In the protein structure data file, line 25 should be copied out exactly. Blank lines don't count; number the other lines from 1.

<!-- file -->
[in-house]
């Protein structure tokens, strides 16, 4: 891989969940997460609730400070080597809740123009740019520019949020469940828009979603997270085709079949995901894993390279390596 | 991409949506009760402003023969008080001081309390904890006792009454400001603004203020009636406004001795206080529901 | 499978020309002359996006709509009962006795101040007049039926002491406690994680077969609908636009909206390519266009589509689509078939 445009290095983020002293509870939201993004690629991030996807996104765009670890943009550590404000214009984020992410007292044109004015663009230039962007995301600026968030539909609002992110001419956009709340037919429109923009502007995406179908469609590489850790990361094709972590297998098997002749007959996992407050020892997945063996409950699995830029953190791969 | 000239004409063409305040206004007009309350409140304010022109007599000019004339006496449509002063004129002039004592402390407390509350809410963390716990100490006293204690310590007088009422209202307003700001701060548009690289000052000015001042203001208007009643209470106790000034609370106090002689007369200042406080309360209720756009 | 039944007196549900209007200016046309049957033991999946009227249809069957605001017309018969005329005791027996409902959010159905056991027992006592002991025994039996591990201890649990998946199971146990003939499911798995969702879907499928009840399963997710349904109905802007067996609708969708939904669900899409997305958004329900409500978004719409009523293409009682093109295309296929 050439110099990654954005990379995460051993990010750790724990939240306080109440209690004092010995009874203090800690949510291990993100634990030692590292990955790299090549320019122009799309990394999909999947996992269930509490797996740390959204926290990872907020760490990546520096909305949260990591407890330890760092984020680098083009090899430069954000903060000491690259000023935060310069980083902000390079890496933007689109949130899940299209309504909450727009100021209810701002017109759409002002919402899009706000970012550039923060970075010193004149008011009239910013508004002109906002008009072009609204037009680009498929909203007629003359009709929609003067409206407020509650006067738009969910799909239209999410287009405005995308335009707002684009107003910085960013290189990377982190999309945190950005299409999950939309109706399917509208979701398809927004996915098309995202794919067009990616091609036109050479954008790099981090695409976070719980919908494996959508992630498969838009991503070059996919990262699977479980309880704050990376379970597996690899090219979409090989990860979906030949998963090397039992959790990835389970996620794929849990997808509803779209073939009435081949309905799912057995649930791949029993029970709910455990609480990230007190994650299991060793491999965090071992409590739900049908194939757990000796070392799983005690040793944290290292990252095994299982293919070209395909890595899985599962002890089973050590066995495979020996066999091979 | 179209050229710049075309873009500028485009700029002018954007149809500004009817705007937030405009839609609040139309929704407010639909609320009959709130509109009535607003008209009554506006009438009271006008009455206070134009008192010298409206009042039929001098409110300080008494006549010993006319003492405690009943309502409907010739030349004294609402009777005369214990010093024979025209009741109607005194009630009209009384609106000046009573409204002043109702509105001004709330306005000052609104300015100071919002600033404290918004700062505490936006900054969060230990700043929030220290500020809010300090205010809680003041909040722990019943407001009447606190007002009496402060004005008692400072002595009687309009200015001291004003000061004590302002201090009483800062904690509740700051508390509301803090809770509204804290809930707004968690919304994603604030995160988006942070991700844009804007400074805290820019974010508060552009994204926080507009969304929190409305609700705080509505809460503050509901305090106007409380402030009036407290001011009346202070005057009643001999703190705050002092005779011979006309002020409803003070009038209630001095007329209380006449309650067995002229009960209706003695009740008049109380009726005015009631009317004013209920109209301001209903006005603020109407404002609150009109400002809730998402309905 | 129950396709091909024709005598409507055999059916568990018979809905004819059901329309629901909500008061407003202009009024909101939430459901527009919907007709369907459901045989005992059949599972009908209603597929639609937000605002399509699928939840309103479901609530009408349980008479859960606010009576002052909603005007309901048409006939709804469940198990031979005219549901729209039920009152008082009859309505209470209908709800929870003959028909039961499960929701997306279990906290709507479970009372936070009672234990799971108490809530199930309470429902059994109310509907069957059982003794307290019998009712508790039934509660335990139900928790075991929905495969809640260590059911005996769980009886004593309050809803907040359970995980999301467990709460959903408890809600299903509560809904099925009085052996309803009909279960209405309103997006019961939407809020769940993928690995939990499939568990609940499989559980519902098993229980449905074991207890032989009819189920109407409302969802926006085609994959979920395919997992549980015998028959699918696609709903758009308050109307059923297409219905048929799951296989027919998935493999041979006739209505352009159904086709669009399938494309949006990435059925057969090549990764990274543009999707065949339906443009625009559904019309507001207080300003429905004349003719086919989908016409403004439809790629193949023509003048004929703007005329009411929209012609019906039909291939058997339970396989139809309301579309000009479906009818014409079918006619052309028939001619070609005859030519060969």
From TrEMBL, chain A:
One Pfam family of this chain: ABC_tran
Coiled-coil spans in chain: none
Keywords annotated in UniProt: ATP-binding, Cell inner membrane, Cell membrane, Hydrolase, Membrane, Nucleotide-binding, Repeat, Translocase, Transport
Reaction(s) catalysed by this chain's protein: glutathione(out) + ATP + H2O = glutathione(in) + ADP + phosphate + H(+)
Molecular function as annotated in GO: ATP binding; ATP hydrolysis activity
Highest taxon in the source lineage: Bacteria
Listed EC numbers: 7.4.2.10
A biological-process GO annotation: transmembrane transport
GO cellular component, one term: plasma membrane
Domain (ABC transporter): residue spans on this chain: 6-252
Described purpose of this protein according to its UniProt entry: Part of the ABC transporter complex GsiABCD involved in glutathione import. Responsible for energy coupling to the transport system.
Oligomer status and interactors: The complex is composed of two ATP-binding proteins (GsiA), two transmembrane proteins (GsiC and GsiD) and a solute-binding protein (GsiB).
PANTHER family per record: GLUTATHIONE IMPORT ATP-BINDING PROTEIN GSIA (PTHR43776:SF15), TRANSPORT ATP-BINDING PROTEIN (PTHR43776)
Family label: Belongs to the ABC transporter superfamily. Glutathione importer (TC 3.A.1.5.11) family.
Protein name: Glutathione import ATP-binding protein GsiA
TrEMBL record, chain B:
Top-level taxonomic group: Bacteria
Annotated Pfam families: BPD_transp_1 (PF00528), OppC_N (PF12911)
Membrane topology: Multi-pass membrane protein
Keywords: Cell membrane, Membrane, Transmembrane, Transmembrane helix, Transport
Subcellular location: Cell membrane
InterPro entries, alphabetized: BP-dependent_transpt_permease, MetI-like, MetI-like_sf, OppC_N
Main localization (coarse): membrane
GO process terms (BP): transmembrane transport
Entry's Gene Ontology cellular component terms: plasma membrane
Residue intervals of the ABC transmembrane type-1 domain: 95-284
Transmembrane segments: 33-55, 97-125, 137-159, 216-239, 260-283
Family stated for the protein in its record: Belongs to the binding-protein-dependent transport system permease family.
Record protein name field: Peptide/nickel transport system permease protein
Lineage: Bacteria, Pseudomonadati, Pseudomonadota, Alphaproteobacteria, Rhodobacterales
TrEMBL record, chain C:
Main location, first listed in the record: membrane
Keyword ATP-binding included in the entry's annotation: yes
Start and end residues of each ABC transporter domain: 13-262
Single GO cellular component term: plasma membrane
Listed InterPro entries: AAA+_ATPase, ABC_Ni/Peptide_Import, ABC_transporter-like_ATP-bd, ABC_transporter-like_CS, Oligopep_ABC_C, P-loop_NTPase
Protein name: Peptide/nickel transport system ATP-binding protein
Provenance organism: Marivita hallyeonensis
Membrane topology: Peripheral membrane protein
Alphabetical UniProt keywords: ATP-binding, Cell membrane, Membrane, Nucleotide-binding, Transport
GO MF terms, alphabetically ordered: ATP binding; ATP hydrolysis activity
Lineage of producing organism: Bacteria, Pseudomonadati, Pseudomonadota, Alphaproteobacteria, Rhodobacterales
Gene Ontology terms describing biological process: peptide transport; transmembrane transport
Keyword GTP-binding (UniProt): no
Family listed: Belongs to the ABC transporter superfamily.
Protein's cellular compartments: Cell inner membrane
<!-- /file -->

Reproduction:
InterPro entries, alphabetized: BP-dependent_transpt_permease, MetI-like, MetI-like_sf, OppC_N